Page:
Inside Illustration with Elements Author Spovv

Envato Elements author and professional illustrator Svilen Petrov gives us his top illustration tips, tricks and advice.

Inside Illustration with Elements Author Svilen Petrov
Portrait for Kelsie RimmerBy Kelsie Rimmer  |  Posted February 23, 2021

Over the last few years, the rise of digital illustration has opened up endless opportunities for illustrators to make careers from their craft. Evolving far beyond putting pencil to paper, illustration now has no limits – ranging from line art and watercolor to cartoons and vivid 3D illustrations. While keeping up with all the latest illustration styles is a surefire way to stay relevant, professional illustrator Svilen Petrov prefers to transcend the trends and stay true to his own unique style.

Meet Envato Elements Author Spovv

Envato Elements author Svilen Petrov – also known as Spovv – didn’t learn how to draw from lessons. Instead, he developed his approach through self-directed experimentation. He’s worked in graphic design, 3D texturing, web and UI design, and freelance illustration, earning him an impressive and diverse portfolio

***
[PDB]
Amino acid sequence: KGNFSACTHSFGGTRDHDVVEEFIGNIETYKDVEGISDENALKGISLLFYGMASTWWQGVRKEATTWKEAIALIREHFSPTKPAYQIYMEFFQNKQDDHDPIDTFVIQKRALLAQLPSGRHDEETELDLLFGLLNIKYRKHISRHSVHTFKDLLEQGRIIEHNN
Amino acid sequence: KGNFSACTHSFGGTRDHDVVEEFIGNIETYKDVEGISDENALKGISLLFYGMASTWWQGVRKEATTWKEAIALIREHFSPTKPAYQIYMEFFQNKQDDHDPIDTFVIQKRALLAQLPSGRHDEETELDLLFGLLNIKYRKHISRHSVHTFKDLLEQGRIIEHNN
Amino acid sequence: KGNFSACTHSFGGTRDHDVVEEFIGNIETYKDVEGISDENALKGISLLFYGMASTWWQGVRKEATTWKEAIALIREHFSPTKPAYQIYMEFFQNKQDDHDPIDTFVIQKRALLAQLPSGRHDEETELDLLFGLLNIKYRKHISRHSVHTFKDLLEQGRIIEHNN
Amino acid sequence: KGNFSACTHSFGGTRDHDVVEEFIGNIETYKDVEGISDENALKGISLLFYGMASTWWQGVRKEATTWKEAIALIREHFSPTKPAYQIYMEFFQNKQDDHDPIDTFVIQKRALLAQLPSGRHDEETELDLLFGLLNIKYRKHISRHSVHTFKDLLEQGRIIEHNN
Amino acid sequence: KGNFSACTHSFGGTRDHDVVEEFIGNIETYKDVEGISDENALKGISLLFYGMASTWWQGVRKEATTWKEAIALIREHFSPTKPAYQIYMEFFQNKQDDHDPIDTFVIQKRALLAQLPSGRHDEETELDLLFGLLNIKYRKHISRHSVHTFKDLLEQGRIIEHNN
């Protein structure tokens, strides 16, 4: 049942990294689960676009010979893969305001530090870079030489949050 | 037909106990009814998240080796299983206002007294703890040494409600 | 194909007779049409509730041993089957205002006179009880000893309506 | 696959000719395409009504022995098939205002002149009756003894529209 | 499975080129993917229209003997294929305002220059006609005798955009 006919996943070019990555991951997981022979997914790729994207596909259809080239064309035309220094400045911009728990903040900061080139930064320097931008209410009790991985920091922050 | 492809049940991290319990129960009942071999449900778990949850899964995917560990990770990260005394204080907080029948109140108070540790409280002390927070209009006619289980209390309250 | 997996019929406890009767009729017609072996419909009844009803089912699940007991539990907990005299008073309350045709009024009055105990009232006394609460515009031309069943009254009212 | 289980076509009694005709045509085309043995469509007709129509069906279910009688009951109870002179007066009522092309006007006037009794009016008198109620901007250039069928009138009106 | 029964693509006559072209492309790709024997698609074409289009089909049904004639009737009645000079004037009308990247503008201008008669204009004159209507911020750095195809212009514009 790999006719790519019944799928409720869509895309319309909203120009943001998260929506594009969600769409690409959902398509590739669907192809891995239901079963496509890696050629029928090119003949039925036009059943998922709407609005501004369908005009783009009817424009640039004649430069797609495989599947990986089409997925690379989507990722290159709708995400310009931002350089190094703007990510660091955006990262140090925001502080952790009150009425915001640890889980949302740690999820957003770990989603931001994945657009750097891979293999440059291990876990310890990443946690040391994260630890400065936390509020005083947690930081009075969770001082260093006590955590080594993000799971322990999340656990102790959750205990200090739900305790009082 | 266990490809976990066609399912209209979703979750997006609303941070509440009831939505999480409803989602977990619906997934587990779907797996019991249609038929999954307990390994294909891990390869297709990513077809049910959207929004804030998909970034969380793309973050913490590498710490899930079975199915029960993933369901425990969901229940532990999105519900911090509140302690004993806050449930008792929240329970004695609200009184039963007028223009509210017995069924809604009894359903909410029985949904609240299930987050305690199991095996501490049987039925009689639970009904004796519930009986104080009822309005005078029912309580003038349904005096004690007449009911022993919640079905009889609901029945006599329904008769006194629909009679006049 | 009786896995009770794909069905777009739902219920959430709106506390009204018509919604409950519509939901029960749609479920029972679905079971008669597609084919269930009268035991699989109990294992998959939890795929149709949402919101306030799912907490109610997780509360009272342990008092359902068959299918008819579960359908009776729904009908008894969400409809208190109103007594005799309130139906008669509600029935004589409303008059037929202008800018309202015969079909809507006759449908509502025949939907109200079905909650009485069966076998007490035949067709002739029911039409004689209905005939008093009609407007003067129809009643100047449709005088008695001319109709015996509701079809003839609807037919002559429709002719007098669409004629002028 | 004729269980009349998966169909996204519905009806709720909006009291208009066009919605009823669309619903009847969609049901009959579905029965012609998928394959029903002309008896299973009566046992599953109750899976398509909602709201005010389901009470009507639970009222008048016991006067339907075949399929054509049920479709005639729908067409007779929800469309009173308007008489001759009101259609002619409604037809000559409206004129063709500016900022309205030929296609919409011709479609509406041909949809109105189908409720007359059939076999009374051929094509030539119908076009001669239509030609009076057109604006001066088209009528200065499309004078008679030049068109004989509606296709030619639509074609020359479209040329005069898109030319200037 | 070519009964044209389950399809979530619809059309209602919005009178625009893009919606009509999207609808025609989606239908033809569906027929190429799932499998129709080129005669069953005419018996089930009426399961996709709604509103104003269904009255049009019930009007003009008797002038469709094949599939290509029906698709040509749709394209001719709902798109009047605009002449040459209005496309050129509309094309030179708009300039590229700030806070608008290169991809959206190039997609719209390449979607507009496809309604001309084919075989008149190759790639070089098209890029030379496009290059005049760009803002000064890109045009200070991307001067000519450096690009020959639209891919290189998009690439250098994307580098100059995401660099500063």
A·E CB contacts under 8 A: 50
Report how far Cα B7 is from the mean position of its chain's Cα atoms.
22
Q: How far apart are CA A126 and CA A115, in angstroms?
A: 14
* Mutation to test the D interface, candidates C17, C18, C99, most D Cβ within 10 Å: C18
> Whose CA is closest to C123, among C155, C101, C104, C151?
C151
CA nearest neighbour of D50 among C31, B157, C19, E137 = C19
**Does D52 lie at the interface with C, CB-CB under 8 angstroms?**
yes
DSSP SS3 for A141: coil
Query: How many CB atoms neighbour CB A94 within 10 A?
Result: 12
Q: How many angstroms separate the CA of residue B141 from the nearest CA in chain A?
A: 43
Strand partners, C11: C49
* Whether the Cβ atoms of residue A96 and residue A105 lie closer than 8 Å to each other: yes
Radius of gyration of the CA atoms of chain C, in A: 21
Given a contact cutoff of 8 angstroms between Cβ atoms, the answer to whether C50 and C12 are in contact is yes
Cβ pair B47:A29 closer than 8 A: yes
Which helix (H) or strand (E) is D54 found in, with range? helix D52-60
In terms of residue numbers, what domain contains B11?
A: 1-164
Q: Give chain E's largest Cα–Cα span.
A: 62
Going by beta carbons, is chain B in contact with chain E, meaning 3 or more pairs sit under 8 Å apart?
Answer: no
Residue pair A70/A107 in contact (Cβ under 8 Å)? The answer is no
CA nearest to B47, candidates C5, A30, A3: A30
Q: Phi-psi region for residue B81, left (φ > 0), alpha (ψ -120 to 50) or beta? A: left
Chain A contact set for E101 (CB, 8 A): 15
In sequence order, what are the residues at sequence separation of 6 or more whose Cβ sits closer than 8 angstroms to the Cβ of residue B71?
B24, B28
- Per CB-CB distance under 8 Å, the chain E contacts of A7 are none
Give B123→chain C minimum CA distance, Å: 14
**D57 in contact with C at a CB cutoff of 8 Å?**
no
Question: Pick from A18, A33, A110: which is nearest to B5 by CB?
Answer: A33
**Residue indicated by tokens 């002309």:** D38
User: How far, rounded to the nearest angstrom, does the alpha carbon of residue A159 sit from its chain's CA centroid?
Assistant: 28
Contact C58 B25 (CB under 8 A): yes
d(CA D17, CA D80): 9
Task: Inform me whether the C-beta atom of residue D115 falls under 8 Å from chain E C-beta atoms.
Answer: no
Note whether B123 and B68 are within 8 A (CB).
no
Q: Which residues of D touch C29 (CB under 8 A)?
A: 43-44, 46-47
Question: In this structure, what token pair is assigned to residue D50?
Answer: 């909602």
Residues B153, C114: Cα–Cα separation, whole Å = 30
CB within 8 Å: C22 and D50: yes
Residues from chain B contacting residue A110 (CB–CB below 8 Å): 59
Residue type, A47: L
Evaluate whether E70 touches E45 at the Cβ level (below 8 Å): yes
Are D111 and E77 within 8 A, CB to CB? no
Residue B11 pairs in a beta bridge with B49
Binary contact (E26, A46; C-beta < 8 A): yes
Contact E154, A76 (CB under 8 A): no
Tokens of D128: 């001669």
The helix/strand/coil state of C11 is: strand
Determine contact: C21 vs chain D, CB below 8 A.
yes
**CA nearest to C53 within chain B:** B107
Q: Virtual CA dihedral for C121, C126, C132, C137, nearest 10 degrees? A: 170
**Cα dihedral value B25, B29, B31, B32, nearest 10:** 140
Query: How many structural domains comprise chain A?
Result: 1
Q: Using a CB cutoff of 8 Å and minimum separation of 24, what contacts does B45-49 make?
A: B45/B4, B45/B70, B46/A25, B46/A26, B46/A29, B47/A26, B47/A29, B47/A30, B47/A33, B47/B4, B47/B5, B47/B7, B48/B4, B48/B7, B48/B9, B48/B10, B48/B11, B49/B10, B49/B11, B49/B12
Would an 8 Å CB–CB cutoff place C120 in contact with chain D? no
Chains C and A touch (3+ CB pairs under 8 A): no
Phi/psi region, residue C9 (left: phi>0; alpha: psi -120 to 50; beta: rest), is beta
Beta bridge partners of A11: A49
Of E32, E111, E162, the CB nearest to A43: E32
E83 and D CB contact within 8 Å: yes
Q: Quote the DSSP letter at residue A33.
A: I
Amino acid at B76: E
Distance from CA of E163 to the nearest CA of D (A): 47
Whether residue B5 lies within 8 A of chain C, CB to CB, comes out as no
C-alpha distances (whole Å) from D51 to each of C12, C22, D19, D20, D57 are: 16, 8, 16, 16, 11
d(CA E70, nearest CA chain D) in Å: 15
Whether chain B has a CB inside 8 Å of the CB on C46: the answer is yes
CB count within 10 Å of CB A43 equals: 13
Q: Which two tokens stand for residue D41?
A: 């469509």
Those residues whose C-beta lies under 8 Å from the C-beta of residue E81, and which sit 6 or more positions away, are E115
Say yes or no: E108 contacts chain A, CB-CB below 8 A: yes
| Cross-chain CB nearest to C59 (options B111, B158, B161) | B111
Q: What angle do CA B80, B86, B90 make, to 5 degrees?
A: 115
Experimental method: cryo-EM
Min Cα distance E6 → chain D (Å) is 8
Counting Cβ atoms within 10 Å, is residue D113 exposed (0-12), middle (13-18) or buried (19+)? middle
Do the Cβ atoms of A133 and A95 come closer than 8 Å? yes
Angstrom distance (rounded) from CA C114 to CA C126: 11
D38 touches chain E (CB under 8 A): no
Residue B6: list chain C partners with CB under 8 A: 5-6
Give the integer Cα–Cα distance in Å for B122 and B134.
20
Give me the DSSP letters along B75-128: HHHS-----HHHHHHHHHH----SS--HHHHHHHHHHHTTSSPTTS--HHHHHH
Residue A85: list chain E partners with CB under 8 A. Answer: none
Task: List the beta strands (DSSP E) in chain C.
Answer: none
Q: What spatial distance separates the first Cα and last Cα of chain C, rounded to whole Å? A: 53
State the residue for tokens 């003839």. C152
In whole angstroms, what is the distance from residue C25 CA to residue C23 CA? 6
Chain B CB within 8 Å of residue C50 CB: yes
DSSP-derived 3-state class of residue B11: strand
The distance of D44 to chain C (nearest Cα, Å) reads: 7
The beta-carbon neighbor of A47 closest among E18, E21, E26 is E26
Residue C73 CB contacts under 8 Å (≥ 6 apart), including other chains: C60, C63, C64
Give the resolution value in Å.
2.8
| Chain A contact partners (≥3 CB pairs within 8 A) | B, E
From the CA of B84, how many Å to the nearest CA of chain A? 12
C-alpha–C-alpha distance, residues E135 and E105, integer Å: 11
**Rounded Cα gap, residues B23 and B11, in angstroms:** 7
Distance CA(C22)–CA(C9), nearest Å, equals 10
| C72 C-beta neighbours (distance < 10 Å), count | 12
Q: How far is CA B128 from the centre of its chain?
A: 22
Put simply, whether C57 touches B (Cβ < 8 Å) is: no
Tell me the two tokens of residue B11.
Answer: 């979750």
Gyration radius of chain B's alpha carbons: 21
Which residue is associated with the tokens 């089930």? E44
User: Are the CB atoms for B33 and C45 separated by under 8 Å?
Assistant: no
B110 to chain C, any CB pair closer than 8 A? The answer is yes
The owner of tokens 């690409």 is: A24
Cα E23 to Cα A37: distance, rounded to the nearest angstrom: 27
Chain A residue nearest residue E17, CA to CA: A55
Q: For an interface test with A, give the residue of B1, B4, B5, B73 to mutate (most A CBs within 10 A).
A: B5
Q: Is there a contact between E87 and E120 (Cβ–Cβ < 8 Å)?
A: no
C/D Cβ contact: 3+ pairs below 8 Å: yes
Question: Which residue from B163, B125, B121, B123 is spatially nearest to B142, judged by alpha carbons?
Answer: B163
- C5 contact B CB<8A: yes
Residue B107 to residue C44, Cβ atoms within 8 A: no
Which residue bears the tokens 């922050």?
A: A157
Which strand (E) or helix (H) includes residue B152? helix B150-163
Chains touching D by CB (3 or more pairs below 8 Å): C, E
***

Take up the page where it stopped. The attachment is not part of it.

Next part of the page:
We sat down to chat with the Envato Elements author and illustrator to get his tips, tricks and advice on working in illustration design…

What’s your artistic background and how did you develop your creative style?

I’ve been drawing since I was a kid, but my career as a professional illustrator started just six years ago. I graduated from art school, and later from university where I also studied art in my hometown of Shumen, Bulgaria.

I wanted to be an artist, but unfortunately just having the ability to paint is not enough to do it professionally. A lack of friends with similar interests, contacts and places to be seen was also a huge barrier. I started working as a tennis court maintenance attendant, as well as a night watchman, waiter, bartender, and did my mandatory military service. Then in 2006, I got a job as a graphic designer in a garage studio. Since then I’ve been through 3D texturing, web and UI design, and in 2014, I became a freelance illustrator. That’s why my portfolio is so diverse.